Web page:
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Shoin-zukuri
Shoin-zukuri
(書院造) is a style of Japanese residential architecture used in the mansions of the military, temple guest halls, and Zen
Zen
abbot's quarters of the Azuchi–Momoyama (1568–1600) and Edo periods (1600–1868). It forms the basis of today's traditional-style Japanese house. Characteristics of the shoin-zukuri development were the incorporation of square posts and floors completely covered with tatami.[1] The style takes its name from the shoin, a term that originally meant a study and a place for lectures on the sūtra within a temple, but which later came to mean just a drawing room or study.[2]

Contents

1 History

1.1 Sukiya-zukuri

2 See also 3 Notes 4 References

History[edit]

The shiro-shoin at Nishi Hongan-ji

Shoin-zukuri

The foundations for the design of today's traditional Japanese residential houses with tatami floors were established in the late Muromachi period
Muromachi period
and refined during the ensuing Momoyama period.[3][4] Shoin-zukuri, a new architectural style influenced by Zen
Zen
Buddhism, developed during that time from the shinden-zukuri of the earlier Heian period's palaces and the subsequent residential style favored by the warrior class during the Kamakura period.[3][5][6] The term shoin (書院), meaning study or drawing room has been used to denote reception rooms in residences of the military elite as well as study rooms at monasteries.[3][7] A shoin has a core area surrounded by aisles, and smaller areas separated by fusuma sliding doors, or shōji partitions constructed of paper on a wooden frame or wooden equivalents, mairado (舞良戸) and sugido (杉戸).[5] The main reception room is characterized by specific features: a recessed alcove (tokonoma); staggered shelves; built-in desks; and ornate sliding doors.[3][5] Generally the reception room is covered with wall-to-wall tatami, has square beveled pillars, a coved or coffered ceiling, and wooden shutters protecting the area from rain (雨戸, amado).[3][5] The entrance hall (genkan) emerged as an element of residential architecture during the Momoyama period.[5] The oldest extant shoin style building is the Tōgu-dō at Ginkaku-ji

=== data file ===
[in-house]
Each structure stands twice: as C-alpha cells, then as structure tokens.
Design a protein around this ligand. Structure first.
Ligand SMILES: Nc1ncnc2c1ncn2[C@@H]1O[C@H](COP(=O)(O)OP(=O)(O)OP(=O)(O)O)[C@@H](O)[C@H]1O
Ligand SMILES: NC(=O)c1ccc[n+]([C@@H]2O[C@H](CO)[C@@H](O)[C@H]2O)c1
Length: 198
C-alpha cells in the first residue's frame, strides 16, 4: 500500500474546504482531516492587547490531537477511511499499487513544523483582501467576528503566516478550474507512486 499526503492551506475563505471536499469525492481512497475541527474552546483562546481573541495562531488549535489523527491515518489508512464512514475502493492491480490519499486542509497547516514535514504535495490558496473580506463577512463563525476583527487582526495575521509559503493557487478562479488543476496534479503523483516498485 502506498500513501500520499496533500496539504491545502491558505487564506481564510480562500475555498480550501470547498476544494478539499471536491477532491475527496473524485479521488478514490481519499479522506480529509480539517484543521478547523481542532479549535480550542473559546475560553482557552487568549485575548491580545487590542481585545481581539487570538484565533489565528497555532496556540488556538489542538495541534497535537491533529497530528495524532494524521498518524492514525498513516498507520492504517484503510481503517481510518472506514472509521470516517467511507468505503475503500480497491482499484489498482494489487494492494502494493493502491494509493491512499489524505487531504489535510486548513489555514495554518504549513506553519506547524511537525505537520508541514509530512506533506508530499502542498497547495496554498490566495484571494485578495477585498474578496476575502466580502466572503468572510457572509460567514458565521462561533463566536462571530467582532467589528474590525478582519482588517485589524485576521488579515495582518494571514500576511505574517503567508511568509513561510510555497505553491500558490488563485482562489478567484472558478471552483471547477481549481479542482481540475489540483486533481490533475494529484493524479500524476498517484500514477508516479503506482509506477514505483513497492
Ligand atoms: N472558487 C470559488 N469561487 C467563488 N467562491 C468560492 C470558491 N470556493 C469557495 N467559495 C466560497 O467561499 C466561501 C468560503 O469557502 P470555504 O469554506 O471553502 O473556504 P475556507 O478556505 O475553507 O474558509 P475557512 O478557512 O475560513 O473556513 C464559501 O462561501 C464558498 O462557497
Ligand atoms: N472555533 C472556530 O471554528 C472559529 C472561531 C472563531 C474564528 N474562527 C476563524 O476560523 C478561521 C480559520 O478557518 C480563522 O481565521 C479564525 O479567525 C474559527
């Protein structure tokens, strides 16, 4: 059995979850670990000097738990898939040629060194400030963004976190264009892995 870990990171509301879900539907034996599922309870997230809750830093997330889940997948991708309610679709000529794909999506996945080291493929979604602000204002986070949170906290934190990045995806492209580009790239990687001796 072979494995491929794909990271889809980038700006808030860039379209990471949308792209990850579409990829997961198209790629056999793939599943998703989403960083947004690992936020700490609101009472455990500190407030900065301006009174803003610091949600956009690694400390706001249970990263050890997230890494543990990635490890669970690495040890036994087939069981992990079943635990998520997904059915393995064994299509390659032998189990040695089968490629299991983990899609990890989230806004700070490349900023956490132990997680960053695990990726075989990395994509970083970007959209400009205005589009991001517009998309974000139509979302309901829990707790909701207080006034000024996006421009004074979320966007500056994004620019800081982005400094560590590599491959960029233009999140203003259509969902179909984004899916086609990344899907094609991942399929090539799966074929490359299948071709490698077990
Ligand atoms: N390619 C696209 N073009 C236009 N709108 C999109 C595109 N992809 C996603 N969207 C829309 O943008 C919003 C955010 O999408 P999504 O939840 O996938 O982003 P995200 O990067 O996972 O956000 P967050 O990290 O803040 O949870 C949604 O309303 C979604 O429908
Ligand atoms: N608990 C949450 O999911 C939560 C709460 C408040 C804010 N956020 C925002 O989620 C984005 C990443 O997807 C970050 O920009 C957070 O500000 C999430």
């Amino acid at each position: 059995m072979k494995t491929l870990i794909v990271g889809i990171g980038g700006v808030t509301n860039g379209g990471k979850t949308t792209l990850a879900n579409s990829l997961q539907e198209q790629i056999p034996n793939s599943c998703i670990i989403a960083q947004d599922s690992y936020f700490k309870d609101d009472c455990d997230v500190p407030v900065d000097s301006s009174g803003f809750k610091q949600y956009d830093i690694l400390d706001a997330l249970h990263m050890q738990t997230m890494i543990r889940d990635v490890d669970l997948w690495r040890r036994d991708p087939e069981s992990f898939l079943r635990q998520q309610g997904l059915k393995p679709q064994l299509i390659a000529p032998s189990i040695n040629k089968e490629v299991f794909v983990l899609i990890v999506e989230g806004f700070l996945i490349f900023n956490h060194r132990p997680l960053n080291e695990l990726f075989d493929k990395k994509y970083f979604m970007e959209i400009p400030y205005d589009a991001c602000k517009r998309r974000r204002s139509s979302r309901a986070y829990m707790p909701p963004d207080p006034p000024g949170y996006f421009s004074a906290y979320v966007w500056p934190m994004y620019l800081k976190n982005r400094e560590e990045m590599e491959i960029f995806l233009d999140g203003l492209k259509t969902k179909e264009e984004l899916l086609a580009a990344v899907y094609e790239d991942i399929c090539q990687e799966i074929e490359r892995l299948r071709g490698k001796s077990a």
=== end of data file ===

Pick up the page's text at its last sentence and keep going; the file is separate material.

Ginkaku-ji
dating from 1485. Other representative examples of early shoin style, also called shuden, include two guest halls at Mii-dera.[8] In the early Edo period, shoin-zukuri reached its peak and spread beyond the residences of the military elite.[4] The more formal shoin-style of this period is apparent in the characteristics of Ninomaru Palace at Nijō Castle as well as the shoin at Nishi Hongan-ji
Nishi Hongan-ji
(see photos above).[4][9] The simpler style used in the architecture of tea houses for the tea ceremony developed in parallel with shoin-zukuri. In the 16th century Sen no Rikyū established dedicated "grass hut" (草庵, sōan) style teahouses characterized by their small size of typically two to eight mat, the use of natural materials, and rustic appearance.[10] This teahouse style, exemplified by the Joan and Taian teahouses, was influenced by Japanese farmhouse style and the shoin style[11] featuring tatami matted floors, recessed alcoves (tokonoma) and one or more ante chambers for preparations.[11] Sukiya-zukuri[edit] Main article: Sukiya-zukuri By the beginning of the Edo period, the features of the shoin and the teahouse styles began to blend.[12] The result was an informal version of the shoin style called sukiya-zukuri (数寄屋造).[13][14] The sukiya-zukuri style has a characteristic decorative alcove and shelf, and utilizes woods such as cedar, pine, hemlock, bamboo, and cypress, often with rough surfaces including the bark.[14] Compared to the shoin style's, roof eaves in the sukiya style bend downward.[13] While the shoin style was suitable for ceremonial architecture, it became too imposing for residential buildings. Consequently, the less formal sukiya style was used for the mansions of the aristocracy and samurai after the beginning of the Edo period.[14][15] See also[edit]